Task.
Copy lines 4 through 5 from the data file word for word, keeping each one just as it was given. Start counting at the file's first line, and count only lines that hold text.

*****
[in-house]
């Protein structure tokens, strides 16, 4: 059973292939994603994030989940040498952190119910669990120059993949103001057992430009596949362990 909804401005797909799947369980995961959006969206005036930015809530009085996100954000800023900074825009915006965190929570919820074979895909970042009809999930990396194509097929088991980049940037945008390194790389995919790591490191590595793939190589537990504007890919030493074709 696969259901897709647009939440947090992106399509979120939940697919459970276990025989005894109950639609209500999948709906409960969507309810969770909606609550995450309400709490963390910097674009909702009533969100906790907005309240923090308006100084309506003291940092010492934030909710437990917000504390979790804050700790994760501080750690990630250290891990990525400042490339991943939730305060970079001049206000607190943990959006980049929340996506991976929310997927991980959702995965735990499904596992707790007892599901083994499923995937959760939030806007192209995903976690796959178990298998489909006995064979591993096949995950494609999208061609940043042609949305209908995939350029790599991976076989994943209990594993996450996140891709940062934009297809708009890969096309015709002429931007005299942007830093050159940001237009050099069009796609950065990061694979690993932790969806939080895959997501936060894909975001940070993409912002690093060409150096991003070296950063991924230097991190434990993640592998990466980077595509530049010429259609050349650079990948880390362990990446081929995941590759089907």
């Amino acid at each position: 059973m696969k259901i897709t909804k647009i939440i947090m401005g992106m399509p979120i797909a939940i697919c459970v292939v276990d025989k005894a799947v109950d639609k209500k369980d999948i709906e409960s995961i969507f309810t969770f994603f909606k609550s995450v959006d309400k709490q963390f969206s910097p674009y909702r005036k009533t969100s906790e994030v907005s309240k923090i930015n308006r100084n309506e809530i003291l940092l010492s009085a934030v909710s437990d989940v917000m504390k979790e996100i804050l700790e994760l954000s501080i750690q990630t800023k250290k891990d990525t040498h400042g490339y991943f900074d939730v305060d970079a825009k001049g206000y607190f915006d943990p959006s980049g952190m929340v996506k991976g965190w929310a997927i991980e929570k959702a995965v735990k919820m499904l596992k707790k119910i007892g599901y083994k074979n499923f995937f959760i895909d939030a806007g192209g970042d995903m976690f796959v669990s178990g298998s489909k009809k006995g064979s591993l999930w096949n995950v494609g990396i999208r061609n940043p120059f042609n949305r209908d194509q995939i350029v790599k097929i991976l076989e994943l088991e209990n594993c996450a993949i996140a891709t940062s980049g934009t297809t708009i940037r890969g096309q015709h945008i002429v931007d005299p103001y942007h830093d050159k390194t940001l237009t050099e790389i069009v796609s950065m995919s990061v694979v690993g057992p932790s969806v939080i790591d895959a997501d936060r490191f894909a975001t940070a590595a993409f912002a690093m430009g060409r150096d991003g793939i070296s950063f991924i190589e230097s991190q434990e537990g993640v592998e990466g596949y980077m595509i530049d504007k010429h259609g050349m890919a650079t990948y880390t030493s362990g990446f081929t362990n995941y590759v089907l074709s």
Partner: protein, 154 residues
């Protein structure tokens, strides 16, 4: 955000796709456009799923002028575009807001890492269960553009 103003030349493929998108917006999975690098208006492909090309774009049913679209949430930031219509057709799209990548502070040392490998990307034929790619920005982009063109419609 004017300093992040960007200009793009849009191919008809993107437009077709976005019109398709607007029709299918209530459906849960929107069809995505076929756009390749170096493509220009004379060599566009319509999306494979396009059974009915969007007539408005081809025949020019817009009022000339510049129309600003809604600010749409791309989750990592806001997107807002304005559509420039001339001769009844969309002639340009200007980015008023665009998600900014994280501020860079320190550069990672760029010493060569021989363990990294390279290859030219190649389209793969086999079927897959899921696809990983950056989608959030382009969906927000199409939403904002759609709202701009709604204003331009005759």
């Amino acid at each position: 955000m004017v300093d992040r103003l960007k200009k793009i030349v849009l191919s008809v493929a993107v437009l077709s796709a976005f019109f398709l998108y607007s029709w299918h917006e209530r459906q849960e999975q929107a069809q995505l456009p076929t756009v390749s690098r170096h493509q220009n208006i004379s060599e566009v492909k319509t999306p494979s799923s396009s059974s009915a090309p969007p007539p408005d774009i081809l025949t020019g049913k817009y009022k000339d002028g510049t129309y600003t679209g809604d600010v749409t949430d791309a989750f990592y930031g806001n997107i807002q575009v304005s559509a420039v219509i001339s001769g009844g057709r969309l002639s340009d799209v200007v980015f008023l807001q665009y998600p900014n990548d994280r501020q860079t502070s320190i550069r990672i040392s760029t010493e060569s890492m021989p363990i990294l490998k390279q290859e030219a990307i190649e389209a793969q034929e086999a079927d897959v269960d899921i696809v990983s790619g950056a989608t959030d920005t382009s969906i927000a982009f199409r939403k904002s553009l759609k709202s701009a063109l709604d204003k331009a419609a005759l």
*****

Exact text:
Partner: protein, 154 residues
């Protein structure tokens, strides 16, 4: 955000796709456009799923002028575009807001890492269960553009 103003030349493929998108917006999975690098208006492909090309774009049913679209949430930031219509057709799209990548502070040392490998990307034929790619920005982009063109419609 004017300093992040960007200009793009849009191919008809993107437009077709976005019109398709607007029709299918209530459906849960929107069809995505076929756009390749170096493509220009004379060599566009319509999306494979396009059974009915969007007539408005081809025949020019817009009022000339510049129309600003809604600010749409791309989750990592806001997107807002304005559509420039001339001769009844969309002639340009200007980015008023665009998600900014994280501020860079320190550069990672760029010493060569021989363990990294390279290859030219190649389209793969086999079927897959899921696809990983950056989608959030382009969906927000199409939403904002759609709202701009709604204003331009005759």